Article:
Sensory and Motor Peripheral Nerve Function and Incident Mobility Disability

R. E. Ward, R. M. Boudreau, P. Caserotti, T. B. Harris, S. Zivkovic, B. H. Goodpaster, S. Satterfield, S. B. Kritchevsky, A. V. Schwartz, A. I. Vinik, J. A. Cauley, E. M. Simonsick, A. B. Newman, E. S. Strotmeyer, Study Hlth Aging Body Composition

Research output: Contribution to journalJournal articleResearchpeer-review

Abstract

Objectives To assess the relationship between sensorimotor nerve function and incident mobility disability over 10 years.

Design Prospective cohort study with longitudinal analysis.

Setting Two U.S. clinical sites.

Participants Population-based sample of community-dwelling older adults with no mobility disability at 2000/01 examination (N = 1,680; mean age ± SD 76.5 ± 2.9, body mass index 27.1 ± 4.6; 50.2% female, 36.6% black, 10.7% with diabetes mellitus).

Measurements Motor nerve conduction amplitude (poor <1 mV) and velocity (poor <40 m/s) were measured on the deep peroneal nerve. Sensory nerve function was measured using 10- and 1.4-g monofilaments and vibration detection threshold at the toe. Lower extremity symptoms included numbness or tingling and aching or burning pain. Incident mobility disability assessed semiannually over 8.5 years (interquartile range 4.5-9.6 years) was defined as two consecutive self-reports of a lot of difficulty or inability to walk one-quarter of a mile or climb 10 steps.

Results Nerve impairments were detected in 55% of participants, and 30% developed mobility disability. Worse motor amplitude (HR = 1.29 per SD, 95% CI = 1.16-1.44), vibration detection threshold (HR = 1.13 per SD, 95% CI = 1.04-1.23), symptoms (HR = 1.65, 95% CI = 1.26-2.17), two motor impairments (HR = 2.10, 95% CI = 1.43-3.09), two sensory impairments (HR = 1.91, 95% CI = 1.37-2.68), and three or more nerve impairments (HR = 2.33, 95% CI = 1.54-3.53) predicted incident mobility disability after adjustment. Quadriceps strength mediated relationships between certain nerve impairments and mobility disability, although most remained significant.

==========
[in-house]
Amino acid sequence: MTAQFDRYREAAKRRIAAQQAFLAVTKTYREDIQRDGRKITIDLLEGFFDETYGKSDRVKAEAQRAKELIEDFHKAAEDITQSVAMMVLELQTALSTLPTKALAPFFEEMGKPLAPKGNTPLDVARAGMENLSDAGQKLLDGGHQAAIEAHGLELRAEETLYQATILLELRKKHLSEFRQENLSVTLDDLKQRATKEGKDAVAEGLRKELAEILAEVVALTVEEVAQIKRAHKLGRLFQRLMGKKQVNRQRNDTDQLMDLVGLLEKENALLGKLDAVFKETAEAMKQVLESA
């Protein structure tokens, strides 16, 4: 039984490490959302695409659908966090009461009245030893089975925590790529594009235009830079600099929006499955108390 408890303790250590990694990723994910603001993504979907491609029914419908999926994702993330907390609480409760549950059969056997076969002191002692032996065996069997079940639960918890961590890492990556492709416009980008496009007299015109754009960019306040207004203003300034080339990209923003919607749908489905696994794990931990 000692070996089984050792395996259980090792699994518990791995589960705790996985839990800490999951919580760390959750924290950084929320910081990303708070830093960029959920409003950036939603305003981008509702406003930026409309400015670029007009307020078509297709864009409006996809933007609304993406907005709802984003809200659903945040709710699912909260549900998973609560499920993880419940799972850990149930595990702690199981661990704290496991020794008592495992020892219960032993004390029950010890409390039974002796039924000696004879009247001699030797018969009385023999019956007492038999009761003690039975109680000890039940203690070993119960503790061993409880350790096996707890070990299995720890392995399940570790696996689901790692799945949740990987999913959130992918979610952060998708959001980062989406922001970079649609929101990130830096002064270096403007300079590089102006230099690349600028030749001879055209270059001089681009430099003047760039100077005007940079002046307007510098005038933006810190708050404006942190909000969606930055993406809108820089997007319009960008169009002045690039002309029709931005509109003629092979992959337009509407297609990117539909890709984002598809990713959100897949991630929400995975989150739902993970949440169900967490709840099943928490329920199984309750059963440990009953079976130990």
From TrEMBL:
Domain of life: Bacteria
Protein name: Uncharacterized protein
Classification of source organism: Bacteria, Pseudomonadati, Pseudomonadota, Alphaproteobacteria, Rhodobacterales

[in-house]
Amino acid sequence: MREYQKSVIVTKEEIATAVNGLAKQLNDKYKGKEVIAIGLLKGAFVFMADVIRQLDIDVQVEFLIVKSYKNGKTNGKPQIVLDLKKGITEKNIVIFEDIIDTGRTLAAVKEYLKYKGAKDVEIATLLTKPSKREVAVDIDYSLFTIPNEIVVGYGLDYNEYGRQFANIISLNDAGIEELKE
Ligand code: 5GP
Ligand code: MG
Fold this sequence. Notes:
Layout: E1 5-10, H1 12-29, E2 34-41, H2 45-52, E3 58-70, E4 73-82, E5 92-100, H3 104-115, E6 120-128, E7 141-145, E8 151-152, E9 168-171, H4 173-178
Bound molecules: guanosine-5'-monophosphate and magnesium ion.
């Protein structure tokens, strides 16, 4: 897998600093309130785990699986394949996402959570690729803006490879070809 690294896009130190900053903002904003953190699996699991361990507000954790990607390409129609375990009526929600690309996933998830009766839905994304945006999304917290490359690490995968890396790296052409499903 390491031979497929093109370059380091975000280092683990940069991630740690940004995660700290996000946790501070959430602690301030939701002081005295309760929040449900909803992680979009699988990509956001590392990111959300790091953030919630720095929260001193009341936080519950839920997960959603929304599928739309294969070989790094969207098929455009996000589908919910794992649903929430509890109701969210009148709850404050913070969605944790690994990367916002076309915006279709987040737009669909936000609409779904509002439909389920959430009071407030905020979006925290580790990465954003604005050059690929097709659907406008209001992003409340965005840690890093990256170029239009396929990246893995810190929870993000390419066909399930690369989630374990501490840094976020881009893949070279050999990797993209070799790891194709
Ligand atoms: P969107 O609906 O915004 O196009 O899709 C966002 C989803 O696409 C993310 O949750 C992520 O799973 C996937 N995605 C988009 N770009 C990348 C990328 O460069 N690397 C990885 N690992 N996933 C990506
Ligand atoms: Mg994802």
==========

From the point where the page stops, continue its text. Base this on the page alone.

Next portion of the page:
Conclusion Poor sensorimotor nerve function independently predicted mobility disability. Future work should investigate modifiable risk factors and interventions such as strength training for preventing disability and improving function in older adults with poor nerve function.

Original languageEnglish
JournalJournal of the American Geriatrics Society
Volume62
Issue number12
Pages (from-to)2273-2279
ISSN0002-8614
DOIs
Publication statusPublished - Dec 2014

Keywords

  • disability
  • longitudinal analysis
  • muscle strength
  • older adults
  • peripheral nerve function
  • Geriatric Assessment
  • Peripheral Nerves/physiopathology
  • Prospective Studies
  • Humans
  • Tennessee
  • Peripheral Nervous System Diseases/physiopathology
  • Male
  • Toes/innervation
  • Neural Conduction/physiology
  • Activities of Daily Living
  • Body Composition/physiology
  • Mobility Limitation
  • Sensory Thresholds/physiology
  • Motor Neurons/physiology
  • Female
  • Disability Evaluation
  • Risk Factors
  • Pennsylvania
  • Neurologic Examination
  • Aged
  • Chronic Disease
  • Longitudinal Studies

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